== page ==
Thu, Aug 06, 2009 - Page 6 News List

US scientists study huge plastic patch in Pacific

REUTERS , LOS ANGELES

Marine scientists from California are venturing this week to the middle of the North Pacific for a study of plastic debris accumulating across hundreds of kilometers of open sea dubbed the “Great Pacific Garbage Patch.”

A research vessel carrying a team of about 30 researchers, technicians and crew members embarked on Sunday on a three-week voyage from the Scripps Institution of Oceanography, based at the University of California at San Diego.

The expedition will study how much debris — mostly tiny plastic fragments — is collecting in an expanse of sea known as the North Pacific Ocean Gyre, how that material is distributed and how it affects marine life.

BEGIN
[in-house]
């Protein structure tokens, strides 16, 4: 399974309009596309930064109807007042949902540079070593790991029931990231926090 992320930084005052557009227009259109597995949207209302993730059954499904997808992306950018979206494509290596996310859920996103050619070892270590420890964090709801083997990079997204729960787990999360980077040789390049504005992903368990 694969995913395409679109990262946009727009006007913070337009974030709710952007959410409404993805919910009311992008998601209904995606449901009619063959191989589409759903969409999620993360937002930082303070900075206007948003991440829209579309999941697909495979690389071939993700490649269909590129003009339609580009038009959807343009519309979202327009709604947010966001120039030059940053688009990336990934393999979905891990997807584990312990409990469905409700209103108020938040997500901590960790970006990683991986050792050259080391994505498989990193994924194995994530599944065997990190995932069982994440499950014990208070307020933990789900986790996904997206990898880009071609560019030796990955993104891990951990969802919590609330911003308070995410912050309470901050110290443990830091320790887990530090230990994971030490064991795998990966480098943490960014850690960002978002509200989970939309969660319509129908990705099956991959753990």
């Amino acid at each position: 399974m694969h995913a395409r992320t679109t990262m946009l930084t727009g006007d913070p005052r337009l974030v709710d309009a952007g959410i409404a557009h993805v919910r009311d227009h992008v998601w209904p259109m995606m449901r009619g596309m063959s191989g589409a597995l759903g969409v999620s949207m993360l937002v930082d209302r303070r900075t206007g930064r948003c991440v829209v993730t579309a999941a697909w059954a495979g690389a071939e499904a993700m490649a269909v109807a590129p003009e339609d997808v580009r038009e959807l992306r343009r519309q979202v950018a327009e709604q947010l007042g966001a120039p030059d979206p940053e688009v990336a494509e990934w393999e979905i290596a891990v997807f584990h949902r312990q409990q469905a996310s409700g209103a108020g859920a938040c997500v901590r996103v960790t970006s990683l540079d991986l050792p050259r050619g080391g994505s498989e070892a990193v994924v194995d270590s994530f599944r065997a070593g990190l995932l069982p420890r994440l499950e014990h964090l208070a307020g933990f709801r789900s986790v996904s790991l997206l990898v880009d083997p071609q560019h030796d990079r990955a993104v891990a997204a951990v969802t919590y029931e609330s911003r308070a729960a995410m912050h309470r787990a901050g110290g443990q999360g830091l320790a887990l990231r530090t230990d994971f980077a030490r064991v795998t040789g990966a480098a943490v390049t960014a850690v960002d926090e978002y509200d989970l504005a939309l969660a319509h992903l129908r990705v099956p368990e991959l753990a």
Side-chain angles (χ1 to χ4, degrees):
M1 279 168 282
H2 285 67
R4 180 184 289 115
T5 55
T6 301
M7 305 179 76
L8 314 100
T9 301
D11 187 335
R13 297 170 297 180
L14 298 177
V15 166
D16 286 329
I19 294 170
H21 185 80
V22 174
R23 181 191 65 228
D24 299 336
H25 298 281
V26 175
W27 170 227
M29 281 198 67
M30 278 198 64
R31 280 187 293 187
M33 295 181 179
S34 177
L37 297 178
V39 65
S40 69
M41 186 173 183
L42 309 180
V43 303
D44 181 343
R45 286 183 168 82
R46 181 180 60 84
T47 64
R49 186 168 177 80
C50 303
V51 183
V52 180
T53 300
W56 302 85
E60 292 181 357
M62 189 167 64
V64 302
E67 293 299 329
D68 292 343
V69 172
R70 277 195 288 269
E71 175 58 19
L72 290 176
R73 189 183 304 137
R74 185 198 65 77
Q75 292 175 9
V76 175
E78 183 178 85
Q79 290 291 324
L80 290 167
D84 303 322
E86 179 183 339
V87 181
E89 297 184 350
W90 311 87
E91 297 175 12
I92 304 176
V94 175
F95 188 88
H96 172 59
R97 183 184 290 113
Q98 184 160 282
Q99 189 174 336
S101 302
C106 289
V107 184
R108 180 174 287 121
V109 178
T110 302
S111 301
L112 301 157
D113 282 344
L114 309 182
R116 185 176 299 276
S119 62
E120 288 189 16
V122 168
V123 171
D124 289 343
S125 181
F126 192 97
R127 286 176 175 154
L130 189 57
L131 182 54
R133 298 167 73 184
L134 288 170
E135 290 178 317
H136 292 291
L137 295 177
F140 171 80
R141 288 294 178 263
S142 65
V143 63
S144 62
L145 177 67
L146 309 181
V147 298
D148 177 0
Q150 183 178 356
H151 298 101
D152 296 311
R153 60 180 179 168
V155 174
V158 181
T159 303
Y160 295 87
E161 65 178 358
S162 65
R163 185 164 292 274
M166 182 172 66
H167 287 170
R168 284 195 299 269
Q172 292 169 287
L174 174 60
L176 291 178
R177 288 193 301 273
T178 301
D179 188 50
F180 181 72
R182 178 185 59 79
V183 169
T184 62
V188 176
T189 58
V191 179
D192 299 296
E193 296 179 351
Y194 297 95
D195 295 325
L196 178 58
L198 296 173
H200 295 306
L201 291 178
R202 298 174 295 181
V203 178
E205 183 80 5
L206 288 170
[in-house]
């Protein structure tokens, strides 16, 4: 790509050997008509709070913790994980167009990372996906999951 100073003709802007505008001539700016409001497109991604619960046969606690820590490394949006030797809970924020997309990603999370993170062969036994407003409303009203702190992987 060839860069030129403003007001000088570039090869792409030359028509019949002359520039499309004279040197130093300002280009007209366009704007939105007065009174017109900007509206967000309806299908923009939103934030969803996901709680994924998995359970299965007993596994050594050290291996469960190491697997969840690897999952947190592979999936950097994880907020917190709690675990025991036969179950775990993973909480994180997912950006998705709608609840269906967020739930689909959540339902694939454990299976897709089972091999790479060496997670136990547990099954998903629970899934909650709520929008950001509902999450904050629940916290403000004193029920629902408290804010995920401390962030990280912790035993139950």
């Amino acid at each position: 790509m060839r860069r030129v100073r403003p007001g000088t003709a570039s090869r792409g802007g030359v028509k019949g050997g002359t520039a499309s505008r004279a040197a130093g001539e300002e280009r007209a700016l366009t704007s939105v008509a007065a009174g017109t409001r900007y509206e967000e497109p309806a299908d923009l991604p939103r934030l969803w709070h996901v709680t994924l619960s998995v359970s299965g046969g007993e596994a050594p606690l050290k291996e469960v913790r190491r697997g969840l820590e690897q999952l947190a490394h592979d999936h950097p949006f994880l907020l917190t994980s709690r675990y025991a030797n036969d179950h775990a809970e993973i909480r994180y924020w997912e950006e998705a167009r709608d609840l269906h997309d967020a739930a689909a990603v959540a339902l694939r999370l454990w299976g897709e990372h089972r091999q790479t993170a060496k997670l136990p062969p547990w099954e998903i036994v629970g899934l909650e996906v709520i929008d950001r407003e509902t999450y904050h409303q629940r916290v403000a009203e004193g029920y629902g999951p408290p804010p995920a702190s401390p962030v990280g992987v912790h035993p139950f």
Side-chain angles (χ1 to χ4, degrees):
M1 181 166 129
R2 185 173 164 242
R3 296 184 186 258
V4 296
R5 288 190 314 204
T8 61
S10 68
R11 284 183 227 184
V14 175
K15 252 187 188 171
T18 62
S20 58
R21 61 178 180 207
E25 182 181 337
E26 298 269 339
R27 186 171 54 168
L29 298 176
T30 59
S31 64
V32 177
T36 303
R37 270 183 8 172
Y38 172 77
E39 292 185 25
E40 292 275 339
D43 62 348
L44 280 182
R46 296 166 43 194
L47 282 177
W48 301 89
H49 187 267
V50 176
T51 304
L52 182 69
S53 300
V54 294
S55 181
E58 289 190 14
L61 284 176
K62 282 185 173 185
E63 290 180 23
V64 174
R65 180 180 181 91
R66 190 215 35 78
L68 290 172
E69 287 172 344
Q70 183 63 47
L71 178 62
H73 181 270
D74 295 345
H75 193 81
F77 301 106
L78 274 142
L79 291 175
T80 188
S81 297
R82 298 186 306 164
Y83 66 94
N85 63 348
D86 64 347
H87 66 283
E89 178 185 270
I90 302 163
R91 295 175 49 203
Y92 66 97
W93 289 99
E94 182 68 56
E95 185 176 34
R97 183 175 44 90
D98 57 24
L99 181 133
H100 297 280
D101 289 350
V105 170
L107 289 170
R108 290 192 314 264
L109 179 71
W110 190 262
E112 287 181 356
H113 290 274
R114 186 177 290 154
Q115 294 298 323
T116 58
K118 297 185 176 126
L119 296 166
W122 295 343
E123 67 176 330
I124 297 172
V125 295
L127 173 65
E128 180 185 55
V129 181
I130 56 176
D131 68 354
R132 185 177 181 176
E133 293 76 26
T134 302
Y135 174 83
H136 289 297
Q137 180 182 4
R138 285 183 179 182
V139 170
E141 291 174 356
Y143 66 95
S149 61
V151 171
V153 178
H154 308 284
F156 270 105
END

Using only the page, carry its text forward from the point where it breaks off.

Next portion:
The debris ends up concentrated by circular, clockwise ocean currents within an oblong-shaped “convergence zone” hundreds of kilometers across from end to end near the Hawaiian Islands, about midway between Japan and the West Coast of the US.

The focus of the study will be on plankton, other microorganisms, small fish and birds.

“The concern is what kind of impact those plastic bits are having on the small critters on the low end of the ocean food chain,” Bob Knox, deputy director of research at Scripps, said on Monday after the ship had spent its first full day at sea.

The 52m vessel New Horizon is equipped with a laboratory for on-board research, but scientists also will bring back samples for further study.

Little is known about the exact size and scope of the vast debris field discovered some years ago by fishermen and others in the North Pacific that is widely referred to as the “Great Pacific Garbage Patch.”

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